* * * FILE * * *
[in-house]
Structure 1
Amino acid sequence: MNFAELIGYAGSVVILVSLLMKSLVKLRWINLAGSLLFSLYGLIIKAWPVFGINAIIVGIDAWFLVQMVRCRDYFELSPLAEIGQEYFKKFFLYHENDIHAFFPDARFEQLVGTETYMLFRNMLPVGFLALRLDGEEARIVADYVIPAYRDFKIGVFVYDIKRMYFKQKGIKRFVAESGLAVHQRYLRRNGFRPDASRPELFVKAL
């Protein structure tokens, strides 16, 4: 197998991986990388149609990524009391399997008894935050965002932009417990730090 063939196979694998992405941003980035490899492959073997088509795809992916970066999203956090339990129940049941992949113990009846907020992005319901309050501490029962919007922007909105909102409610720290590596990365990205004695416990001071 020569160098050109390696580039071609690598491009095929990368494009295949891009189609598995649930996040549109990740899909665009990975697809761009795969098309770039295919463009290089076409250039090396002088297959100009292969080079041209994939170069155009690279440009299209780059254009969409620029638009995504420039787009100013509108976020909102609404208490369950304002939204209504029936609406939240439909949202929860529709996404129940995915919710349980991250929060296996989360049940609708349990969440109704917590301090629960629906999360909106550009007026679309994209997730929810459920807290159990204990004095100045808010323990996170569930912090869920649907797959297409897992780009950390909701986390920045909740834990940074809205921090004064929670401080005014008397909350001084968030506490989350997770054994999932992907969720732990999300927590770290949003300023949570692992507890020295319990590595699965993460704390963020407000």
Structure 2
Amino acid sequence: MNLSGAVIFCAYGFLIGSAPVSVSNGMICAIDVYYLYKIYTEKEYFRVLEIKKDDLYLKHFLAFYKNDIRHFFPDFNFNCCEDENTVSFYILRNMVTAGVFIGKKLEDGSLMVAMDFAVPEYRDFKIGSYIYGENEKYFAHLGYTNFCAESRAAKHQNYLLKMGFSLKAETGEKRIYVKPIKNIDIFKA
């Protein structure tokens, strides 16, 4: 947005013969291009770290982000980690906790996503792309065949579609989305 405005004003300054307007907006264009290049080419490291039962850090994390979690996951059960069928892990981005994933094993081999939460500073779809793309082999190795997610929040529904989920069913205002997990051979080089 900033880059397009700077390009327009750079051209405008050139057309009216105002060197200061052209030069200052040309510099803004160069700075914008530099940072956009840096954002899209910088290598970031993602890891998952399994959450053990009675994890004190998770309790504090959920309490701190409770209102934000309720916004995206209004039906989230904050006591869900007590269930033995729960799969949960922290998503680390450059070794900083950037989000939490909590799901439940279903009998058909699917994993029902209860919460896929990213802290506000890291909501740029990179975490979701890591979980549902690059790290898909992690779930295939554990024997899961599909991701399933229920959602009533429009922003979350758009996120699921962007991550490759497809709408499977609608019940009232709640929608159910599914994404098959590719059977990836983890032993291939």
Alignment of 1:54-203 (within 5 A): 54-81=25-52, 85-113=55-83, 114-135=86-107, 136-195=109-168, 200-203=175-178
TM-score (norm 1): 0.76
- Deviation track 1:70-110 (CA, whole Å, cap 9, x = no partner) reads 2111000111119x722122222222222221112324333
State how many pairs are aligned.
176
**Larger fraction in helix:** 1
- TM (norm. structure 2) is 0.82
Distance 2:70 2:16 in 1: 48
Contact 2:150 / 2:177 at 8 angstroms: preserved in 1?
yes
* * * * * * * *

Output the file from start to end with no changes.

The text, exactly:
[in-house]
Structure 1
Amino acid sequence: MNFAELIGYAGSVVILVSLLMKSLVKLRWINLAGSLLFSLYGLIIKAWPVFGINAIIVGIDAWFLVQMVRCRDYFELSPLAEIGQEYFKKFFLYHENDIHAFFPDARFEQLVGTETYMLFRNMLPVGFLALRLDGEEARIVADYVIPAYRDFKIGVFVYDIKRMYFKQKGIKRFVAESGLAVHQRYLRRNGFRPDASRPELFVKAL
């Protein structure tokens, strides 16, 4: 197998991986990388149609990524009391399997008894935050965002932009417990730090 063939196979694998992405941003980035490899492959073997088509795809992916970066999203956090339990129940049941992949113990009846907020992005319901309050501490029962919007922007909105909102409610720290590596990365990205004695416990001071 020569160098050109390696580039071609690598491009095929990368494009295949891009189609598995649930996040549109990740899909665009990975697809761009795969098309770039295919463009290089076409250039090396002088297959100009292969080079041209994939170069155009690279440009299209780059254009969409620029638009995504420039787009100013509108976020909102609404208490369950304002939204209504029936609406939240439909949202929860529709996404129940995915919710349980991250929060296996989360049940609708349990969440109704917590301090629960629906999360909106550009007026679309994209997730929810459920807290159990204990004095100045808010323990996170569930912090869920649907797959297409897992780009950390909701986390920045909740834990940074809205921090004064929670401080005014008397909350001084968030506490989350997770054994999932992907969720732990999300927590770290949003300023949570692992507890020295319990590595699965993460704390963020407000």
Structure 2
Amino acid sequence: MNLSGAVIFCAYGFLIGSAPVSVSNGMICAIDVYYLYKIYTEKEYFRVLEIKKDDLYLKHFLAFYKNDIRHFFPDFNFNCCEDENTVSFYILRNMVTAGVFIGKKLEDGSLMVAMDFAVPEYRDFKIGSYIYGENEKYFAHLGYTNFCAESRAAKHQNYLLKMGFSLKAETGEKRIYVKPIKNIDIFKA
């Protein structure tokens, strides 16, 4: 947005013969291009770290982000980690906790996503792309065949579609989305 405005004003300054307007907006264009290049080419490291039962850090994390979690996951059960069928892990981005994933094993081999939460500073779809793309082999190795997610929040529904989920069913205002997990051979080089 900033880059397009700077390009327009750079051209405008050139057309009216105002060197200061052209030069200052040309510099803004160069700075914008530099940072956009840096954002899209910088290598970031993602890891998952399994959450053990009675994890004190998770309790504090959920309490701190409770209102934000309720916004995206209004039906989230904050006591869900007590269930033995729960799969949960922290998503680390450059070794900083950037989000939490909590799901439940279903009998058909699917994993029902209860919460896929990213802290506000890291909501740029990179975490979701890591979980549902690059790290898909992690779930295939554990024997899961599909991701399933229920959602009533429009922003979350758009996120699921962007991550490759497809709408499977609608019940009232709640929608159910599914994404098959590719059977990836983890032993291939």
Alignment of 1:54-203 (within 5 A): 54-81=25-52, 85-113=55-83, 114-135=86-107, 136-195=109-168, 200-203=175-178
TM-score (norm 1): 0.76
- Deviation track 1:70-110 (CA, whole Å, cap 9, x = no partner) reads 2111000111119x722122222222222221112324333
State how many pairs are aligned.
176
**Larger fraction in helix:** 1
- TM (norm. structure 2) is 0.82
Distance 2:70 2:16 in 1: 48
Contact 2:150 / 2:177 at 8 angstroms: preserved in 1?
yes